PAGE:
Re: [Full-Disclosure] (no subject)

From: Marek Isalski (Marek.Isalski_at_smuht.nwest.nhs.uk)
Date: 08/10/04

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    To: <full-disclosure@netsys.com>
    Date: Tue, 10 Aug 2004 13:08:41 +0100
    
    

    >>> Michael Simpson <Michael.Simpson@inveresk.com> 10/08/2004 10:00:52 >>>
    > i've worked within medicine in my previous life as an ER doc and guess
    > what
    > there is no formal naming standardisation within it, at least not one that
    > there is any sort of agreement over, though people have been trying for
    > centuries to sort something out.
    >
    > -three letter acronym anyone?

    I always find the adrenaline/epinephrin naming clash amusing and confusing. Does it stem from a company Trademarking "adrenaline" in the USA? Because, as far as I can tell, everyone uses "adrenaline" as the generic term for the hormone of the same name here in the UK.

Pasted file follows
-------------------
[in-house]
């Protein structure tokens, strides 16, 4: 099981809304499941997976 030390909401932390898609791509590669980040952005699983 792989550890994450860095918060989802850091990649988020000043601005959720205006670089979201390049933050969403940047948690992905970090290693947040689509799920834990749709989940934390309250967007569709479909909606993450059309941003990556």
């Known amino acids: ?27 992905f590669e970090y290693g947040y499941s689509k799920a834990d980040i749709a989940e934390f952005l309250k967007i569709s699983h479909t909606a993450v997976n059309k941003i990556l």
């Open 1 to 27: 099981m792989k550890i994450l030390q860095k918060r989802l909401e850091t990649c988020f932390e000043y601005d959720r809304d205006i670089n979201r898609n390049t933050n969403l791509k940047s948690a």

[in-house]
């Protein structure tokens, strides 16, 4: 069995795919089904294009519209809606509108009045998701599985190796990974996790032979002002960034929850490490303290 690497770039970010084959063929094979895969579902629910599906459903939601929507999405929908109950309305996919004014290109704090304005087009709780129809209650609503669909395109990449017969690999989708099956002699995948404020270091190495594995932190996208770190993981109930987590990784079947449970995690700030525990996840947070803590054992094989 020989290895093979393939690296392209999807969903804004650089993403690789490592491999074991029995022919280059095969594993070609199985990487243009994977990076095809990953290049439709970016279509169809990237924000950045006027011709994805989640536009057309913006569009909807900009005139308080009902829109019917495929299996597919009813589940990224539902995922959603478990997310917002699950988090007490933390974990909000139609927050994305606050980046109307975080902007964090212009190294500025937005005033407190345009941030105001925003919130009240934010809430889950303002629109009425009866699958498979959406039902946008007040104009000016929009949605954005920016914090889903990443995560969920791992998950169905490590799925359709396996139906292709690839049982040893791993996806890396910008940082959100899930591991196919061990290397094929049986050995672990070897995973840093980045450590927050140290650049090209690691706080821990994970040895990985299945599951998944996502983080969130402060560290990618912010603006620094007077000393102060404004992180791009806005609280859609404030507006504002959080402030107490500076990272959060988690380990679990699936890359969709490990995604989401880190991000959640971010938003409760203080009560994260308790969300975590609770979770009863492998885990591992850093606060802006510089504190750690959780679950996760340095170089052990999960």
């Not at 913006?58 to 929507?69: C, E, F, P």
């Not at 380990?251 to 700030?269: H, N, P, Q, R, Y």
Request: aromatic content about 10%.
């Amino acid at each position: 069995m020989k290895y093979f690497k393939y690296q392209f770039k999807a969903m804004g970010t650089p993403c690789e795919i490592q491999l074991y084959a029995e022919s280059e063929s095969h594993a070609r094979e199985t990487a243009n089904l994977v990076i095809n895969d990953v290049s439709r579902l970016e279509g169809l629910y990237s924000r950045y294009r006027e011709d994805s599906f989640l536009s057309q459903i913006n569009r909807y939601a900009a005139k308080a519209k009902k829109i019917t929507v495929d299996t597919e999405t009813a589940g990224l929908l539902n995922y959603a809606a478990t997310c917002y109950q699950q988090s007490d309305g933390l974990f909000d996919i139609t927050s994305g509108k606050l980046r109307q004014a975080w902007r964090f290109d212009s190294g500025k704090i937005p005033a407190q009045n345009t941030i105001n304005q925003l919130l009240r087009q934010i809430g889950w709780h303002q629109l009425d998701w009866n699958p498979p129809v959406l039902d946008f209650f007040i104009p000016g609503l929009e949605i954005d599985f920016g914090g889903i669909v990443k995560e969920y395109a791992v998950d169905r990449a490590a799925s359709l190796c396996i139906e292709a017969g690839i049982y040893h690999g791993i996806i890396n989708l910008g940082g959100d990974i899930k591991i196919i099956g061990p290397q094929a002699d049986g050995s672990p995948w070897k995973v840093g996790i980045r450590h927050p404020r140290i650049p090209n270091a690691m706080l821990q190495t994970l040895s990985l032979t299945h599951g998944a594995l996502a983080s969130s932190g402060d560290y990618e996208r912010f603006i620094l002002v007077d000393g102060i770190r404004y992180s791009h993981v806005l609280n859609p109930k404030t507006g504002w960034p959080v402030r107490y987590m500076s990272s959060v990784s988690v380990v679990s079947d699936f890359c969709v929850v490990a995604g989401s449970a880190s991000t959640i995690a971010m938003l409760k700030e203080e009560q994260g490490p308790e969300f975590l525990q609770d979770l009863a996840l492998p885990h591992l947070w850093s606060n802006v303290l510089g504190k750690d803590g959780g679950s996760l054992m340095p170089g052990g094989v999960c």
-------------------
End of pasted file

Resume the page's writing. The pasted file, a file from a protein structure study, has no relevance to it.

Acronyms have their own pitfalls too... I've heard of numerous cases where a derogotary and unprofessional acronym was written on/in some medical notes (PITA, TWOT etc). Perhaps it should be standard practice that when the patient asks to have his/her medical notes explained to him/her, as s/he is quite entitled under the Data Protection Act, the member of staff writing said comment should explain its medical meaning and clinical significance.

    The scary part of acronyms comes with overloading. One derogotary (and very unprofessional) acronym I've heard about from a number of years ago was "NFR", meant to stand for "Normal For Ridgehill" (a region with which the local hospital had some "experience").

    NFR is more commonly used as an abbreviation for: Not For Resuscitation; from what I understand, NFR is a quite detailed set of circumstances, changing on a frequent basis, stipulating when somebody does not need resuscitation, i.e. are already beyond medical help.

    [disclaimer: i'm not a medic, so any corrections will be educational for me too!]

    Marek

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